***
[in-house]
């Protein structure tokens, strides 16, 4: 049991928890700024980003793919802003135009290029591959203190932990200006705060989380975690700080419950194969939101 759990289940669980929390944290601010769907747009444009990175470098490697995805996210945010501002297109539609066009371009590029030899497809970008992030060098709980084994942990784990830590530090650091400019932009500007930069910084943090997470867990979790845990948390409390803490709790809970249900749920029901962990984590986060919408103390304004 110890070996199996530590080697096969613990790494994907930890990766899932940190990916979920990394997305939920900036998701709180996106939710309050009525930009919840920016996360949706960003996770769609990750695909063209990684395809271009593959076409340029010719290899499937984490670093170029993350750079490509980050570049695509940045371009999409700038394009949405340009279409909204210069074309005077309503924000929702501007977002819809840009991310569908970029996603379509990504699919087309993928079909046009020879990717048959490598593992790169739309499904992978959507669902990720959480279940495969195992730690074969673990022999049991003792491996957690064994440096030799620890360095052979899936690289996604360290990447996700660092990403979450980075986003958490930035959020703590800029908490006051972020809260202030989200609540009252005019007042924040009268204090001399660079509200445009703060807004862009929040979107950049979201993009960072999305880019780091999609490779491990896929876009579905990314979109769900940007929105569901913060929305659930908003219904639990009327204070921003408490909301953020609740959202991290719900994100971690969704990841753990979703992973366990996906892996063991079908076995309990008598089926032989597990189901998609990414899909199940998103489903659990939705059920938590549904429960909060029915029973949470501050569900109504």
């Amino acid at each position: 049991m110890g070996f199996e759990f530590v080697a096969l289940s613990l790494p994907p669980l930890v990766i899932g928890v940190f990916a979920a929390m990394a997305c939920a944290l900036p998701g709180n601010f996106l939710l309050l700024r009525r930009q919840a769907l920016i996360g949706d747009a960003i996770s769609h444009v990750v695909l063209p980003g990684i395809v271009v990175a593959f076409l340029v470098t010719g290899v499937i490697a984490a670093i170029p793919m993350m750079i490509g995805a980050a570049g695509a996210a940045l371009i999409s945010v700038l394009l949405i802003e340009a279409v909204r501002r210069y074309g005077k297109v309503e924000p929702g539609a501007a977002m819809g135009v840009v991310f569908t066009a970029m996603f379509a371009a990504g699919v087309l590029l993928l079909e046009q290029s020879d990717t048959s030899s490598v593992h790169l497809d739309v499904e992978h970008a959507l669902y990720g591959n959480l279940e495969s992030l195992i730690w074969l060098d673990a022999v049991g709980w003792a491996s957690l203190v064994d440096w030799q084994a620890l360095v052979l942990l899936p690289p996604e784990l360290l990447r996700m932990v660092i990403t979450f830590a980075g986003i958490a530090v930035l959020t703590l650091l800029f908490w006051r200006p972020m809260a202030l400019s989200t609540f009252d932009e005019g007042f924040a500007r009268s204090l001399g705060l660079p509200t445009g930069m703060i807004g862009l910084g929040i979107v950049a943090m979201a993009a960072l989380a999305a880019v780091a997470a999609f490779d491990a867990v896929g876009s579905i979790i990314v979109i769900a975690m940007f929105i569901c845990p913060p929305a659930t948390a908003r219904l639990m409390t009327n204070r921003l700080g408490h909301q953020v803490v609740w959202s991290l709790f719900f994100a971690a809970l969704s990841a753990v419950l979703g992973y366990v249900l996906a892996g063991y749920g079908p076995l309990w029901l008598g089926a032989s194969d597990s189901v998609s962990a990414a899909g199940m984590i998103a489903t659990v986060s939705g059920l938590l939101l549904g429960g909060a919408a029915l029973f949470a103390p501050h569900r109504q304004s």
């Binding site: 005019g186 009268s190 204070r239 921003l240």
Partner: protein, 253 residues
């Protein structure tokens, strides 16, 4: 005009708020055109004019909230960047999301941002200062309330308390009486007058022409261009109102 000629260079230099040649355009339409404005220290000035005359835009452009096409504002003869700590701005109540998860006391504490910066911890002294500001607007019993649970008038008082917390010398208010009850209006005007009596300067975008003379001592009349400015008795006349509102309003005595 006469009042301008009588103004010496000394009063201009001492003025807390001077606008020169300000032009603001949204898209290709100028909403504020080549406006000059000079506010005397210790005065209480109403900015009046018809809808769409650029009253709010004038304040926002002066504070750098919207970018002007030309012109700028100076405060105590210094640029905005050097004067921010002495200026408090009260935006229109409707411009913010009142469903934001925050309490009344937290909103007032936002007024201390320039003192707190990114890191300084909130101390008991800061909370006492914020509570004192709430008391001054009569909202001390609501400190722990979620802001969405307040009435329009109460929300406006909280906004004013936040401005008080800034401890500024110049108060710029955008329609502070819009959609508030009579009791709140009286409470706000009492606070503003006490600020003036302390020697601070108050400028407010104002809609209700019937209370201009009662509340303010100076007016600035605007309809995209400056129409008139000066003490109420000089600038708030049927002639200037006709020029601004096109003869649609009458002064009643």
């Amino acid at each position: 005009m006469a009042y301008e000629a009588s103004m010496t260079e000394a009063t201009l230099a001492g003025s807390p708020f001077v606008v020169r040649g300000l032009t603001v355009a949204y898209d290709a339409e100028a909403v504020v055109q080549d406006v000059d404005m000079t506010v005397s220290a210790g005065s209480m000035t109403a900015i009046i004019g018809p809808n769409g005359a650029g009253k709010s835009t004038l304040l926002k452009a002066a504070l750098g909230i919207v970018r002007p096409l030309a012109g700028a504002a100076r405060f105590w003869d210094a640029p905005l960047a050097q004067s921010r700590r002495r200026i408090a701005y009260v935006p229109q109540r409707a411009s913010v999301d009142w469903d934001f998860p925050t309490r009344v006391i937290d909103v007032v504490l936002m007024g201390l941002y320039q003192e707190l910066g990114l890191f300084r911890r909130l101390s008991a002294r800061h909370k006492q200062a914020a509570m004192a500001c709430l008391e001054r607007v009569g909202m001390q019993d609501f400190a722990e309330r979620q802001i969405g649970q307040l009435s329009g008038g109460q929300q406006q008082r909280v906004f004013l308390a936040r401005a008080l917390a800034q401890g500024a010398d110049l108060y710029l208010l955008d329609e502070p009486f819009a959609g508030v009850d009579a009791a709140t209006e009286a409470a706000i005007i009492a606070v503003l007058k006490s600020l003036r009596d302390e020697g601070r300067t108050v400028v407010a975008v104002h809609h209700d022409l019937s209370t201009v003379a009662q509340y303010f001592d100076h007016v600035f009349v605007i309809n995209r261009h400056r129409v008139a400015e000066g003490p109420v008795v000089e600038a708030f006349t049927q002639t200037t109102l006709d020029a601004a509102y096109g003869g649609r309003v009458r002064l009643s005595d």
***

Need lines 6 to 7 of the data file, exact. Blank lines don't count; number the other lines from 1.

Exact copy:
């Protein structure tokens, strides 16, 4: 005009708020055109004019909230960047999301941002200062309330308390009486007058022409261009109102 000629260079230099040649355009339409404005220290000035005359835009452009096409504002003869700590701005109540998860006391504490910066911890002294500001607007019993649970008038008082917390010398208010009850209006005007009596300067975008003379001592009349400015008795006349509102309003005595 006469009042301008009588103004010496000394009063201009001492003025807390001077606008020169300000032009603001949204898209290709100028909403504020080549406006000059000079506010005397210790005065209480109403900015009046018809809808769409650029009253709010004038304040926002002066504070750098919207970018002007030309012109700028100076405060105590210094640029905005050097004067921010002495200026408090009260935006229109409707411009913010009142469903934001925050309490009344937290909103007032936002007024201390320039003192707190990114890191300084909130101390008991800061909370006492914020509570004192709430008391001054009569909202001390609501400190722990979620802001969405307040009435329009109460929300406006909280906004004013936040401005008080800034401890500024110049108060710029955008329609502070819009959609508030009579009791709140009286409470706000009492606070503003006490600020003036302390020697601070108050400028407010104002809609209700019937209370201009009662509340303010100076007016600035605007309809995209400056129409008139000066003490109420000089600038708030049927002639200037006709020029601004096109003869649609009458002064009643």
């Amino acid at each position: 005009m006469a009042y301008e000629a009588s103004m010496t260079e000394a009063t201009l230099a001492g003025s807390p708020f001077v606008v020169r040649g300000l032009t603001v355009a949204y898209d290709a339409e100028a909403v504020v055109q080549d406006v000059d404005m000079t506010v005397s220290a210790g005065s209480m000035t109403a900015i009046i004019g018809p809808n769409g005359a650029g009253k709010s835009t004038l304040l926002k452009a002066a504070l750098g909230i919207v970018r002007p096409l030309a012109g700028a504002a100076r405060f105590w003869d210094a640029p905005l960047a050097q004067s921010r700590r002495r200026i408090a701005y009260v935006p229109q109540r409707a411009s913010v999301d009142w469903d934001f998860p925050t309490r009344v006391i937290d909103v007032v504490l936002m007024g201390l941002y320039q003192e707190l910066g990114l890191f300084r911890r909130l101390s008991a002294r800061h909370k006492q200062a914020a509570m004192a500001c709430l008391e001054r607007v009569g909202m001390q019993d609501f400190a722990e309330r979620q802001i969405g649970q307040l009435s329009g008038g109460q929300q406006q008082r909280v906004f004013l308390a936040r401005a008080l917390a800034q401890g500024a010398d110049l108060y710029l208010l955008d329609e502070p009486f819009a959609g508030v009850d009579a009791a709140t209006e009286a409470a706000i005007i009492a606070v503003l007058k006490s600020l003036r009596d302390e020697g601070r300067t108050v400028v407010a975008v104002h809609h209700d022409l019937s209370t201009v003379a009662q509340y303010f001592d100076h007016v600035f009349v605007i309809n995209r261009h400056r129409v008139a400015e000066g003490p109420v008795v000089e600038a708030f006349t049927q002639t200037t109102l006709d020029a601004a509102y096109g003869g649609r309003v009458r002064l009643s005595d």